10 Jan 2015

Ty Segall "Mr. Face"


Reviewed by Nathan Ford

After a relatively restrained year in 2014, Ty Segall appears to have reverted back to type - type in his case being diverse and prolific. With a live Ty Segall Band album on the way too, his first release of the year is the four track 7"/digital E.P "Mr. Face".

There's an unwritten rule that the E.P is the given outlet for material whose quality demands release, but doesn't quite fit with the feel of the current album. And true to form, "Mr Face" is not the glitter-faced glam-rock of the Ty Segall that released last year's career best "Manipulator". Truth be told, stylistically it's a bit of a step backwards, but it does see Segall doing what he does best; writing hooky songs in a classic rock context, with effortlessly huge choruses carried by his buoyant falsetto.

Again, acoustic guitars form the backbone of the majority of the material here, often fulfilling as much of a percussive role as the sometimes sparse drumming. Unrestrained guitar (and piccolo?!) solos cap off most tracks nicely. And the songs themselves have more of a classic sixties garage pop hue to them than we've heard from Segall in quite some time. In many ways this feels like a companion piece to the fabulous White Fence LP that Segall produced last year, rather than sharing an affinity with any of his own recent work. This is particularly apparent on the excellent "Circles" which opens up with a frenetic Keith Moon style drum solo before being eclipsed by a manic guitar riff which doesn't let up for the whole track. And melancholy closer "The Picture" is a mid tempo gem. Built around a lovely, circular guitar pattern, it sounds like a lost, era-defining classic snatched out of its own time.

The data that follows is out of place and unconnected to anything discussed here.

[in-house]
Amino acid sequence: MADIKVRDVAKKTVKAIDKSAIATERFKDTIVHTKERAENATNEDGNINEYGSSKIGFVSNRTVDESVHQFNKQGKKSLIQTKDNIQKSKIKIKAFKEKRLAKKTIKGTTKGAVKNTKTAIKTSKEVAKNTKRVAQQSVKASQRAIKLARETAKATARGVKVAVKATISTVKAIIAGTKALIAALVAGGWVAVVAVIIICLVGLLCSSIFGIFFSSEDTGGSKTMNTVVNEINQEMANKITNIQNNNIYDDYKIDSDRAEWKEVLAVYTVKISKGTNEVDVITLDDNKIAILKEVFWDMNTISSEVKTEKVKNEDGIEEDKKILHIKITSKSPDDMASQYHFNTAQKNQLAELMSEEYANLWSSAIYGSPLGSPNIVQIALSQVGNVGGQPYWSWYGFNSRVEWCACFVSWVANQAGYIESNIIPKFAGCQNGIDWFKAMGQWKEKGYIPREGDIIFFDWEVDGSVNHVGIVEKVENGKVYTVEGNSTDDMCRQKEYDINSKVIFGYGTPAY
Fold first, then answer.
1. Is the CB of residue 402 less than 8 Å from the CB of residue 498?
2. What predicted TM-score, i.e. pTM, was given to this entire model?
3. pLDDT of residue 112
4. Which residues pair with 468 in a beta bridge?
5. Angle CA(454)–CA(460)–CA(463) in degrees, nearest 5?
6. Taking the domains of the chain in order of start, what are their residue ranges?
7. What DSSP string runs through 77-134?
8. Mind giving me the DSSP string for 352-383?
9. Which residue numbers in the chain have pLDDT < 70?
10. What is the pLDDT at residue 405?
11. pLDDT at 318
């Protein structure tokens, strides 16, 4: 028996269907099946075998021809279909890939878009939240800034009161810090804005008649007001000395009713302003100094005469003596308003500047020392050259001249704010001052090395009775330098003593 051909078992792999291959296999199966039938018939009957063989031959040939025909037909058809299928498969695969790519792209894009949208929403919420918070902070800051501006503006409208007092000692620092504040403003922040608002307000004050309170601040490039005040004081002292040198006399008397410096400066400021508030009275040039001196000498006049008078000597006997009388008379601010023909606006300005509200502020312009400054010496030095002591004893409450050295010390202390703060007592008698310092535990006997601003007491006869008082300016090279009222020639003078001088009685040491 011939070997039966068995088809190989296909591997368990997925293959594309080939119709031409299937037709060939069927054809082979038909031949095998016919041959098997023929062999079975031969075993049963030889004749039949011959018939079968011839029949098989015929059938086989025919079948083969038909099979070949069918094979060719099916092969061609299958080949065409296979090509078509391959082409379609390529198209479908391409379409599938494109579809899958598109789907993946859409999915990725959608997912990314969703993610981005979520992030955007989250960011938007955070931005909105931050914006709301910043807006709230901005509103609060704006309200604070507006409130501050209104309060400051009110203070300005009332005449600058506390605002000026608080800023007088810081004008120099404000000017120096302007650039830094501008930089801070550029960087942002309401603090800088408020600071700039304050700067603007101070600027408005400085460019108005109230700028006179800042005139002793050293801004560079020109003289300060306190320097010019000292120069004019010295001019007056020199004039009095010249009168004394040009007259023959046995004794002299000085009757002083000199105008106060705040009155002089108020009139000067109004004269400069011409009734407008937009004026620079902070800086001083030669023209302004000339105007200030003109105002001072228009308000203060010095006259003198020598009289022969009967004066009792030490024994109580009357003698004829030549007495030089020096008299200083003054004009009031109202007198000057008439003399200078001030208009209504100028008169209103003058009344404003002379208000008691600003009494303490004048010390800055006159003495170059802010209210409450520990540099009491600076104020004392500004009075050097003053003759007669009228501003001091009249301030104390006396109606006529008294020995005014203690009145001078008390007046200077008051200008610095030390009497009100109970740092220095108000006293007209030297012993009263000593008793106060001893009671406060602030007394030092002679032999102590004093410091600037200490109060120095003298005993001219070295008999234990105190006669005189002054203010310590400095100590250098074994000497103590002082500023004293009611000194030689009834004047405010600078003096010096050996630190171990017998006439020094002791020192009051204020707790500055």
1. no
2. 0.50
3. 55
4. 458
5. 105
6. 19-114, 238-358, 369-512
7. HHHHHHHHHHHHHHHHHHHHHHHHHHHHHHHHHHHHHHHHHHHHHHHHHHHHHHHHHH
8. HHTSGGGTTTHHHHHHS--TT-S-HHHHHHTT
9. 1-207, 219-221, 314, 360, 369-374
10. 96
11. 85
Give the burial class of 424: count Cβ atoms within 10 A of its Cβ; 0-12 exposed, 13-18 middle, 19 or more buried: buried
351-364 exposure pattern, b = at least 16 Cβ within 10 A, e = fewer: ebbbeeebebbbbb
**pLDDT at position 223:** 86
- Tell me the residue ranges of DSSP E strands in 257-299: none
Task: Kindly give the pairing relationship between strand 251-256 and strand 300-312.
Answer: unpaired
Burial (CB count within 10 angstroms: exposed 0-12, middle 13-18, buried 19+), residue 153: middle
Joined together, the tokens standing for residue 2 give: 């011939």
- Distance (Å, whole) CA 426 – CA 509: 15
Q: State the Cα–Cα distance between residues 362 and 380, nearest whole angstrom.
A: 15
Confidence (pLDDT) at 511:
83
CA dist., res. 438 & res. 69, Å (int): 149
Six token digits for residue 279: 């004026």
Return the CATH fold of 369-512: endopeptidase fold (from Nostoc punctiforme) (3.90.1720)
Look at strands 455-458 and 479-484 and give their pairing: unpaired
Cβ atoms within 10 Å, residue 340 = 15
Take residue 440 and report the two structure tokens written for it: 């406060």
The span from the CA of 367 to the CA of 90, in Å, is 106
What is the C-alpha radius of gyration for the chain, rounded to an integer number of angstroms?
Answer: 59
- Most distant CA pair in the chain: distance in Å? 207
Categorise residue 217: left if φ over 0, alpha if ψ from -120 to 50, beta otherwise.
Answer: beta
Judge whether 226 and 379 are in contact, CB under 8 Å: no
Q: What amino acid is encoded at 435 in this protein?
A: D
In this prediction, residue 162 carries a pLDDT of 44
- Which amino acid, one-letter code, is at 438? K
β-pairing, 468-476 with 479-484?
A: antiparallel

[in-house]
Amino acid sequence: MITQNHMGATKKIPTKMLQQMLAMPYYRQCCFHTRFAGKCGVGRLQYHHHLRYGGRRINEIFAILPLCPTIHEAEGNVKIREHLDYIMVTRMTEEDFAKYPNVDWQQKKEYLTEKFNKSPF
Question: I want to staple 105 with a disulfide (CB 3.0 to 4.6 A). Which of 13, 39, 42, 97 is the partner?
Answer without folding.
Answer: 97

Being such a big fan of "Manipulator", I'm surprised I'm as taken by this departure as I am. There's no denying that Segall's ear for a good tune is building to a level of almost peerless consistency, and despite "Mr. Face"s reasonably lofi nature, his means of communicating these tunes directly to the listener has never been more direct, or more appropriately in service to the song.

"Mr. Face" can be pre-ordered here, with a stream of the title track.

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